Two Upper School activities, Women’s Studies and Same Hate Different Time, joined together to reimagine the traditional V-Day performance, which are usually presented in a town hall meeting each February. This year, the two groups worked together to present the first-ever virtual presentation of “VOICES: The Voices of Women of Color Through a Global Lens."
To learn more about this initiative and others, please read the Q&A below with Tatiana Batson ’21, one of the co-founders of Same Hate Different Time.
Why did you get involved in Same Hate Different Time?
The VOICES presentation was put on by two separate clubs- Women’s Studies and Same Hate Different Time. I am the co-founder of Same Hate Different Time. I and three other students decided to create Same Hate Different Time in the summer as a way to bring awareness, educate, and help make a change for the injustices POC go through in this country.
How did you decide to move the presentation in this direction (and what did it mean to have additional people, like alumni and parents, participate?)
At the beginning of the year, Hazel and Mrs. Greenberg asked our club, Same Hate Different Time, to join them in creating the first VOICES that focused on women of color. I was so happy that we finally got an opportunity to focus on POC because this was the exact reason why Same Hate Different Time was created. With Ranney being a PWI (predominately white institution) we knew it was going to be hard to get POC representation from just the community, so we reached out to POC friends we have outside of school, such as people we met from SDLC, the Black Girls Lead Conference, and even some women from the organization that my mom is involved in called the Financial Women’s Association (FWA). With the performances being virtual and having several non-Ranney participants, I think it made the whole presentation wonderful. It allowed several points of view from almost every group of women represented with people sharing their personal experiences, giving some advice, reciting poems, and singing.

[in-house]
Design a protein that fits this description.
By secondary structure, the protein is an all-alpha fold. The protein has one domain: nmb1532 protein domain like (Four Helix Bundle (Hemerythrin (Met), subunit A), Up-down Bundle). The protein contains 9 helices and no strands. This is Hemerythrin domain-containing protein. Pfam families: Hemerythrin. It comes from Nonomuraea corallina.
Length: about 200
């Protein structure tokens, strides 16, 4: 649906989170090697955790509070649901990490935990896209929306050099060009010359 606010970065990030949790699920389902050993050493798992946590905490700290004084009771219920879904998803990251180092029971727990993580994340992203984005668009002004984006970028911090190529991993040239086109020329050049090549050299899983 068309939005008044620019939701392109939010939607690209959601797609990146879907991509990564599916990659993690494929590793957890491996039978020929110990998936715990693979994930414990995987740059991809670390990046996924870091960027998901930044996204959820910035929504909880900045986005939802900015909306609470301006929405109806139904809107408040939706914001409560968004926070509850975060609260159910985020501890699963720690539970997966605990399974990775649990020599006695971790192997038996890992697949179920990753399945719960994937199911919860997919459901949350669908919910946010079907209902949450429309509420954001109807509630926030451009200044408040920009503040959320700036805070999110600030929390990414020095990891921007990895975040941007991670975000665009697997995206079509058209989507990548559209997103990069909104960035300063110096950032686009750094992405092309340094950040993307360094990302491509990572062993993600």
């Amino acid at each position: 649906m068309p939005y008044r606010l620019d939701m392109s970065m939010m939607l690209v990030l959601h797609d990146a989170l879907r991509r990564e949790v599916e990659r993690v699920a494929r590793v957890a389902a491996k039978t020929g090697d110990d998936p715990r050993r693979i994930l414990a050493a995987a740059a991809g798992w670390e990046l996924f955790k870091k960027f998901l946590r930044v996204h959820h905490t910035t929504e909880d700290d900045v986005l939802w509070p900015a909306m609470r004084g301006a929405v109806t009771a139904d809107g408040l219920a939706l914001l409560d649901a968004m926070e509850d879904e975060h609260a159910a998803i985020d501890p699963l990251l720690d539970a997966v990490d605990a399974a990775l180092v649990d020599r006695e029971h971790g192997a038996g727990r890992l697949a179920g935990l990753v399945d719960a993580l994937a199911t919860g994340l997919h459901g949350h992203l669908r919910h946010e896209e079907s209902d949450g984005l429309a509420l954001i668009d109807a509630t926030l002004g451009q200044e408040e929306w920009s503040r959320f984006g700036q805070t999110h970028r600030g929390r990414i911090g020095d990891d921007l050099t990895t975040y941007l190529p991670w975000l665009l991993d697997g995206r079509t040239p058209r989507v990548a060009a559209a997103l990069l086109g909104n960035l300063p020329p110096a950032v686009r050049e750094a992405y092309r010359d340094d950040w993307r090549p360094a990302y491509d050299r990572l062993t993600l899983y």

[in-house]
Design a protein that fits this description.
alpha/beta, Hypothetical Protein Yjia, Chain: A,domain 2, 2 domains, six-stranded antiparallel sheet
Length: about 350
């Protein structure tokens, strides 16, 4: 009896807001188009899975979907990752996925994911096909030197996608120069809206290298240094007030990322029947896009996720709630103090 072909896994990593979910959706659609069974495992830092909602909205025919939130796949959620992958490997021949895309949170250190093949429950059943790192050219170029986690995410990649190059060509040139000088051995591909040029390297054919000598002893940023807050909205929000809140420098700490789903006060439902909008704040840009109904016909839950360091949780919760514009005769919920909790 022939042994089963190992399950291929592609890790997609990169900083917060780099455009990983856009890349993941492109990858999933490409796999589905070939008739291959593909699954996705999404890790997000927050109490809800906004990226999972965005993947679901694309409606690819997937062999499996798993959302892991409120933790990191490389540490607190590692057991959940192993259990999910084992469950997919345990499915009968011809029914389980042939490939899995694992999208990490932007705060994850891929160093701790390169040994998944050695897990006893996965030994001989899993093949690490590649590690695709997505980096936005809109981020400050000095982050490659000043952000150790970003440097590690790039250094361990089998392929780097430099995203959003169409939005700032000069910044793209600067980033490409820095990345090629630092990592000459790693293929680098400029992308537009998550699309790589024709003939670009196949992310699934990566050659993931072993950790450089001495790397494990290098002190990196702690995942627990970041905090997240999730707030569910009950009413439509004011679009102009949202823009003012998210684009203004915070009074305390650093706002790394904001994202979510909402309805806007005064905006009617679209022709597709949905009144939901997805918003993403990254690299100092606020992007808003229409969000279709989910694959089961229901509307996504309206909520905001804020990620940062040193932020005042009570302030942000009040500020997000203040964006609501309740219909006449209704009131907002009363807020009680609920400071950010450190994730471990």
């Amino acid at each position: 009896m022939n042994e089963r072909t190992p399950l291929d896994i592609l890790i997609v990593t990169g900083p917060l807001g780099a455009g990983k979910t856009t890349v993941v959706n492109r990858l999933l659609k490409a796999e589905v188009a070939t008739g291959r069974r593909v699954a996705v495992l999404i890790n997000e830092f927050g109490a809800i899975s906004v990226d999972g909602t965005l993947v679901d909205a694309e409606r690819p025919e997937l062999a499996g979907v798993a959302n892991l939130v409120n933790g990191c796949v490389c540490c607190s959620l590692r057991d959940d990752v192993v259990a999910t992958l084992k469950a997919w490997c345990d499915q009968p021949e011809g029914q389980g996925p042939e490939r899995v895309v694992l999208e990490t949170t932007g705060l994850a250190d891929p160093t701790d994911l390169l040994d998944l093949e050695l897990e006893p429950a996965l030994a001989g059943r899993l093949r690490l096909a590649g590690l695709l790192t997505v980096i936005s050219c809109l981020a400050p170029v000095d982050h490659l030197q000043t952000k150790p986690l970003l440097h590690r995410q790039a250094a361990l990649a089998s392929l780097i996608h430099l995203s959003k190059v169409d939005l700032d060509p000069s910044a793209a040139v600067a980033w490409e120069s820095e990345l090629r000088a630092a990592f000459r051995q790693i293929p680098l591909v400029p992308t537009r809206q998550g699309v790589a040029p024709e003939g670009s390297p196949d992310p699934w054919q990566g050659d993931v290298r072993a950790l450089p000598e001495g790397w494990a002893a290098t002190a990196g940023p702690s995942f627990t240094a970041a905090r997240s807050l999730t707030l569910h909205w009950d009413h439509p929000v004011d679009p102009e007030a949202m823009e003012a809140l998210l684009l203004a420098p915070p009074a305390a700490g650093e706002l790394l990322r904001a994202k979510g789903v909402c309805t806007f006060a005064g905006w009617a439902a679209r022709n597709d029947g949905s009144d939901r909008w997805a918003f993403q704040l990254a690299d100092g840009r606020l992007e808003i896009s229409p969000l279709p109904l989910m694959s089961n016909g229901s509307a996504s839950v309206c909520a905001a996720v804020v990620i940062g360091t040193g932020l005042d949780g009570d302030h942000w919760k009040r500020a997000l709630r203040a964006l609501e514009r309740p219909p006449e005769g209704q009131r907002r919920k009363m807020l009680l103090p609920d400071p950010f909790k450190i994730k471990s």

What do you feel is most important about the work your club does?
Even though we have mainly been focusing on the VOICES presentation and the Black History emails we sent out during Black History Month, we have not been able to touch on every topic that we planned on, but I think how we try our best to talk about the things POC go through that is not normally voiced. For example, our Black History emails involved daily summaries of black historical figures that most people wouldn’t know including Claudette Colvin, Mum Bett and we also talked about the inaccurate “violent” way that Malcolm X is remembered and referred to while also explaining his similarities to MLK. By educating through this way of thinking, we are trying to show that there is more truth when you do your own research than what might be recounted in history books or the news.
What did you get out of participating in the VOICES project?
Participating in the VOICES project allowed me to learn more about the struggles that other POC women go through. It was also interesting to see that we all had some similar struggles, when it came to colorism and feeling whitewashed.
What feedback have you received from the VOICES Project?
We received a lot of positive feedback. I think all of the people that participated were glad that they did and were proud about speaking out. We also got a lot of positive feedback from teachers and students throughout the school. All of the nice responses showed how many people were actually choosing to listen, which was our main goal with VOICES this year.
To watch Ranney School’s VOICES, click here
. Learn more about the global activist movement here